Gas prices have doubled since 2000, from an average of $1.50/gallon prior to the invasion of Iraq to more than $3/gallon and higher after Katrina. With ongoing deregulation of the energy industry — continuing with the House Energy Policy Act signed into law by President Bush in 2005 — consumer protections and fair utility oversight have eroded. Oil and gas producers pay well below the federal corporate tax rate of 35 percent, averaging 13.3 percent, much less than the average American household. The energy bill allotted for an additional $8 billion in tax breaks over the next 10 years.

Credit Cards and National Debt:

Largely due to rising costs in housing, medical care and education, Americans are unable to make ends meet — and are sinking deeper and deeper into debt, overall by 25 percent between 2001 and 2004. During that same period, the credit card debt of middle-class families rose 75 percent, and the average credit card debt for all families in America reached $8,650. Consumer credit card debt has almost tripled over the last two decades — from $238 billion in 1989 to $800 billion in 2005. With interest rates frequently exceeding 30 percent and ever-spiraling fees, credit card issuers helped American families dig a financial hole too deep to climb out of. Late fees alone cost Americans $16 billion last year.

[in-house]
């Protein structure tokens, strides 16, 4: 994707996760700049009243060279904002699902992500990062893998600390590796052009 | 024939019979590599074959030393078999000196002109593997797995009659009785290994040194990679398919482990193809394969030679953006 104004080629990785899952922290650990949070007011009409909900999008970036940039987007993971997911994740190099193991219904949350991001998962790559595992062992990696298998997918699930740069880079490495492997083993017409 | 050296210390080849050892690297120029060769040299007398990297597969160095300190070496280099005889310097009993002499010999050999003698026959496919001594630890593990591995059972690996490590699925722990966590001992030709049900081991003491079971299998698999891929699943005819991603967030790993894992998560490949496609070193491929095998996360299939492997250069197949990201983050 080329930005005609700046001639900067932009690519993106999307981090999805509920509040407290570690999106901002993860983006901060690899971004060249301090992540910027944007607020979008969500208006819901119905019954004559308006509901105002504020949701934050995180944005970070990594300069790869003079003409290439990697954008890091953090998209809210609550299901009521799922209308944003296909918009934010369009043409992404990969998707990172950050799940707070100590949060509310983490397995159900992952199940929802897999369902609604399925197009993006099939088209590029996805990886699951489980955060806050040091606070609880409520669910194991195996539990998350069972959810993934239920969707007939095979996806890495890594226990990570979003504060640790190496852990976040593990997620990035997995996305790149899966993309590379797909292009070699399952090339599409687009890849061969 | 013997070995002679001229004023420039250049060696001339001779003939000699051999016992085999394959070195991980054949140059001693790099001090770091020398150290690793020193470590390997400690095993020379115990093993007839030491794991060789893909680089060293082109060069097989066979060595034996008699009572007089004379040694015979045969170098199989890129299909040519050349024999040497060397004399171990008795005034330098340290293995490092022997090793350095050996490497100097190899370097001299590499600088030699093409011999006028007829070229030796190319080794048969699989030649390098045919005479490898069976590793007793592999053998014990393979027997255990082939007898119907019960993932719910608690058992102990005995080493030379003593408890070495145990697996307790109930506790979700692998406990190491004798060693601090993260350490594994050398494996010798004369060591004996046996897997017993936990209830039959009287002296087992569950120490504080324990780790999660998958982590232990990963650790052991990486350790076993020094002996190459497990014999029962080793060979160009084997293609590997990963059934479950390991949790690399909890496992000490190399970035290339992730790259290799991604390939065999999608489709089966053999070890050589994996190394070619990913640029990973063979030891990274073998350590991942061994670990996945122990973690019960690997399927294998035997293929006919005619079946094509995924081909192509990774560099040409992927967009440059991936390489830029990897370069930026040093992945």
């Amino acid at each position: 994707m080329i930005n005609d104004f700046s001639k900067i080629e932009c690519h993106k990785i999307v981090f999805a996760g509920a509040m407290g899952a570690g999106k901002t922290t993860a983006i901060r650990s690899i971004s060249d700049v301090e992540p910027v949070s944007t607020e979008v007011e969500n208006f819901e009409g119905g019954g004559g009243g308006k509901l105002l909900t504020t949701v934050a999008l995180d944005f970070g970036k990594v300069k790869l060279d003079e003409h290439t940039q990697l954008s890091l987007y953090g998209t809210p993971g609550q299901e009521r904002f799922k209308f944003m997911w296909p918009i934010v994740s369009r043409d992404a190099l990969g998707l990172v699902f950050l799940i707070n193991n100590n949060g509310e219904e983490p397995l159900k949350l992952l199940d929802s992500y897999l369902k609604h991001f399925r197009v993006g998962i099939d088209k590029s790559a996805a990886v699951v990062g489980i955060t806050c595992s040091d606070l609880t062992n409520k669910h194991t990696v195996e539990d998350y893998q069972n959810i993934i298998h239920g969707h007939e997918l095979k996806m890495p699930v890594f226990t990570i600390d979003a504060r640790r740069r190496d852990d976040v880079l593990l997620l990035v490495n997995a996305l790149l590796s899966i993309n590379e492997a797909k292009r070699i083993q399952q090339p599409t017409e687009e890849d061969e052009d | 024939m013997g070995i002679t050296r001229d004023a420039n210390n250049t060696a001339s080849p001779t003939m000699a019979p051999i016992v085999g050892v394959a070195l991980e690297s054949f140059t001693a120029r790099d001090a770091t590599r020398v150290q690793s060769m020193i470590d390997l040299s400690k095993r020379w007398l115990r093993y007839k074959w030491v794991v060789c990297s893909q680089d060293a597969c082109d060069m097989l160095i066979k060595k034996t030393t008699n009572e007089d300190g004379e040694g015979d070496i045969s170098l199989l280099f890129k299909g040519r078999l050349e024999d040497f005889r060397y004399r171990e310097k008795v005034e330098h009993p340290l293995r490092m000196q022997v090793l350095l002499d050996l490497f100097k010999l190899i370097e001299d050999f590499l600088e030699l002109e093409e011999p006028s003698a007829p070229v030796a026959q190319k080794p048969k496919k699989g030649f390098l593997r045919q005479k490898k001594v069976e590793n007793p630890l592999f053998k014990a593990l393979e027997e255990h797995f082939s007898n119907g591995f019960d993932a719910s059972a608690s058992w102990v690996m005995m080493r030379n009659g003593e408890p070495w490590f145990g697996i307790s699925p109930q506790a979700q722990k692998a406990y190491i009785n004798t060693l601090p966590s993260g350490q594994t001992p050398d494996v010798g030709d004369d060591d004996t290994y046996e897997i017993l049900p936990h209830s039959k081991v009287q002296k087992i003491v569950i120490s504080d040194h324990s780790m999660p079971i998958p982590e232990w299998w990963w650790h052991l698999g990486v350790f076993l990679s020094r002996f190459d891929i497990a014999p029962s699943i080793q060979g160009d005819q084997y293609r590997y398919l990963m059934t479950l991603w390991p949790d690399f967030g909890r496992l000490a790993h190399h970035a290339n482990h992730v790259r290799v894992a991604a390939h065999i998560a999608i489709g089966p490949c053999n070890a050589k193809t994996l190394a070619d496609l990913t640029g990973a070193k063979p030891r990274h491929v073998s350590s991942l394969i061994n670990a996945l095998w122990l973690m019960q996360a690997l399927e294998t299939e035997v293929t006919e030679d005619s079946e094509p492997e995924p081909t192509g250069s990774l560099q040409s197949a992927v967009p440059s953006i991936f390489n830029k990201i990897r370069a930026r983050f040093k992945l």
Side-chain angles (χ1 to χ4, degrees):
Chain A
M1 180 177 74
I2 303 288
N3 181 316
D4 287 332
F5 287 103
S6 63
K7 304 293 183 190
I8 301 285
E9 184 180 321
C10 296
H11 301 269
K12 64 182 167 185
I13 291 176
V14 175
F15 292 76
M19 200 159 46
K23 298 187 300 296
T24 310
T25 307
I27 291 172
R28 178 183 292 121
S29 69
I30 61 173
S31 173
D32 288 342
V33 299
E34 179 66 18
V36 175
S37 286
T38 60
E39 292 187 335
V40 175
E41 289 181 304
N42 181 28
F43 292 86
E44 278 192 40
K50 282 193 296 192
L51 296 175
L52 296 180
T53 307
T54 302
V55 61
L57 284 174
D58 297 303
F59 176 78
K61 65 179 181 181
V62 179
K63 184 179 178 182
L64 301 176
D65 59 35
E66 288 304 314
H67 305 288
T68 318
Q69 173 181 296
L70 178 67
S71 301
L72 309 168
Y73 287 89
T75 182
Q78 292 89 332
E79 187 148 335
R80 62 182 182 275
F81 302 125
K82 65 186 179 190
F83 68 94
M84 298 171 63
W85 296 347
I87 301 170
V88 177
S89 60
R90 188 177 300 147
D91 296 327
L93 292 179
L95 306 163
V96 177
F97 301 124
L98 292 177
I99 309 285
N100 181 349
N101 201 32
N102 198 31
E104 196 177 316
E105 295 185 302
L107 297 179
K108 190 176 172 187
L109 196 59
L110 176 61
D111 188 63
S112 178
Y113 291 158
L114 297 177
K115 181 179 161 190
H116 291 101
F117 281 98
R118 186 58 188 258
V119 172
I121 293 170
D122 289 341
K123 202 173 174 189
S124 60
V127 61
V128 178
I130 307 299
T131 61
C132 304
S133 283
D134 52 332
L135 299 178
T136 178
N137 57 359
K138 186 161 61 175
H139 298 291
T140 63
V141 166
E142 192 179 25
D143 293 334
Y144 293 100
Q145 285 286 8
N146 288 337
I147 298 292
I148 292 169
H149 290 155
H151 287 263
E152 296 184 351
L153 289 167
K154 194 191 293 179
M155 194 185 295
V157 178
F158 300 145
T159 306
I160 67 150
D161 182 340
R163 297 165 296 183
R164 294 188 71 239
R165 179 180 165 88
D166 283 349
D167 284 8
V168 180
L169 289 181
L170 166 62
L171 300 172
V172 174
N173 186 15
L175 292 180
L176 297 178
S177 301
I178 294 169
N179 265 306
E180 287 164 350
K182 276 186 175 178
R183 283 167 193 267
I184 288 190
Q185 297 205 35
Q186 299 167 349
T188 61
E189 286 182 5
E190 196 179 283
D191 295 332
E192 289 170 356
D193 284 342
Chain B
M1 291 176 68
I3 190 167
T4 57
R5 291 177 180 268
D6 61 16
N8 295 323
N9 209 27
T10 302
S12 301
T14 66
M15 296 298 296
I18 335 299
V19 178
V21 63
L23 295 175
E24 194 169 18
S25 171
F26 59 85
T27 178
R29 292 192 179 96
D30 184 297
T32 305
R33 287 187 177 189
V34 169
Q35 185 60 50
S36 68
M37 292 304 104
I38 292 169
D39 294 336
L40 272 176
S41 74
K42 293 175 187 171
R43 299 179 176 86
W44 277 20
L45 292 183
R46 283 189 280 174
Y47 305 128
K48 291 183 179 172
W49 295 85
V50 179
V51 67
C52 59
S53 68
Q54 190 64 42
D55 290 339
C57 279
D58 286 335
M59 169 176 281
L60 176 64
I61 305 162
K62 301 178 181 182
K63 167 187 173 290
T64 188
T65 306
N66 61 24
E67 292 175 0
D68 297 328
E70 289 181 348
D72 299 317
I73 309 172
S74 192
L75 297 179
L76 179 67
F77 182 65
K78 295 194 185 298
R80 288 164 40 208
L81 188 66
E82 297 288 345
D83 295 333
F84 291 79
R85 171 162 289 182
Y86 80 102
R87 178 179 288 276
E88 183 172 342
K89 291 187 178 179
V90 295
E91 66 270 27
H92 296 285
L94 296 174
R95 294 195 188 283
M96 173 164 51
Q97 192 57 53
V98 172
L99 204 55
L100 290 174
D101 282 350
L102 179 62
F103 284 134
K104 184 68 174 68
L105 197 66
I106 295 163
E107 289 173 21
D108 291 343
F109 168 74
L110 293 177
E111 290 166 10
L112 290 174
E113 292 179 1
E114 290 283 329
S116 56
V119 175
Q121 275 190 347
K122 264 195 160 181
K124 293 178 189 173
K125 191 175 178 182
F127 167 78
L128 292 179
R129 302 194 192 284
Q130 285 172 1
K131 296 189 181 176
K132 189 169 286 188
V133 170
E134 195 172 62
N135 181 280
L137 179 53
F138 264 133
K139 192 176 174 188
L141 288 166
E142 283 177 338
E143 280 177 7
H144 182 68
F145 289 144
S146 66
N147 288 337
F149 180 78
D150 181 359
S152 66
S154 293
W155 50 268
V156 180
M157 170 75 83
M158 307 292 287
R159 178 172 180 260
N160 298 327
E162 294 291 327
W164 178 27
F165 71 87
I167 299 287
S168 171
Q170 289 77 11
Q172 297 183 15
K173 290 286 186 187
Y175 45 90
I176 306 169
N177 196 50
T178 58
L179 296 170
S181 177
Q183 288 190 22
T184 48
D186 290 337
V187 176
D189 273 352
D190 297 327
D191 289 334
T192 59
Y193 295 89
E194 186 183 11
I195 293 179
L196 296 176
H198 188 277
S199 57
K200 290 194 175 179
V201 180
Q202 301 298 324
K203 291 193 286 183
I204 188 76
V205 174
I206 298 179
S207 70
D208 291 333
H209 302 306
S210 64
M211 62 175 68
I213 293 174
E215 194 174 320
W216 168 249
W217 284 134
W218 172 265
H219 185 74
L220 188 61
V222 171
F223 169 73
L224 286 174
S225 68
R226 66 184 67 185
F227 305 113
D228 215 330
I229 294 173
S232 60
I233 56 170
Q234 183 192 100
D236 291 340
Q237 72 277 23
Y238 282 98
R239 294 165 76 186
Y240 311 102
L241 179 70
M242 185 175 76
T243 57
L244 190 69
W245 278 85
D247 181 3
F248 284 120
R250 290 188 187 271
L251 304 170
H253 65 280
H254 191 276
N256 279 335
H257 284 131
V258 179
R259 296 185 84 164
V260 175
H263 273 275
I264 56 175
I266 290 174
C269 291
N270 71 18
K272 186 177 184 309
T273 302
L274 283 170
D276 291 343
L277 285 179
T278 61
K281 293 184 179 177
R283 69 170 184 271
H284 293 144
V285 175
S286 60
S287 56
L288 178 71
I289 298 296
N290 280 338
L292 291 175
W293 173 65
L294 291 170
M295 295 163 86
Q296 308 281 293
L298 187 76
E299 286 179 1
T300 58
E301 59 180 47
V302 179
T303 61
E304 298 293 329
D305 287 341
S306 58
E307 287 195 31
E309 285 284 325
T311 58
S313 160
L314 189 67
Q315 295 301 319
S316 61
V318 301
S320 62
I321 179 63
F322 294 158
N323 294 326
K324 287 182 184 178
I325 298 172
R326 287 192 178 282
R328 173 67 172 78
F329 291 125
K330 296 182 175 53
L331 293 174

What we owe on credit cards is a mere tenth of the $8.2 trillion that America owes to other countries, with our nation's deficit at $314 billion.

Working in America:

Today, worker security has eroded for millions--with massive layoffs at companies, including GM and Ford, the exporting of jobs, minimal health coverage and retirement benefit cuts. Following the New Deal Era, workers rights and needs were at the center of our public policy concerns, leading to the creation of an array of retirement, pension and health benefits. After WWII, 62 percent of American employees had full pensions covered by their companies — in 1997 only 13 percent had. For millions today, however, pensions and healthcare are often sacrificed just to keep a job and a sub-living wage coming in. Minimum wage is now the average salary for a third of the private sector, and has the lowest purchasing power in 50 years.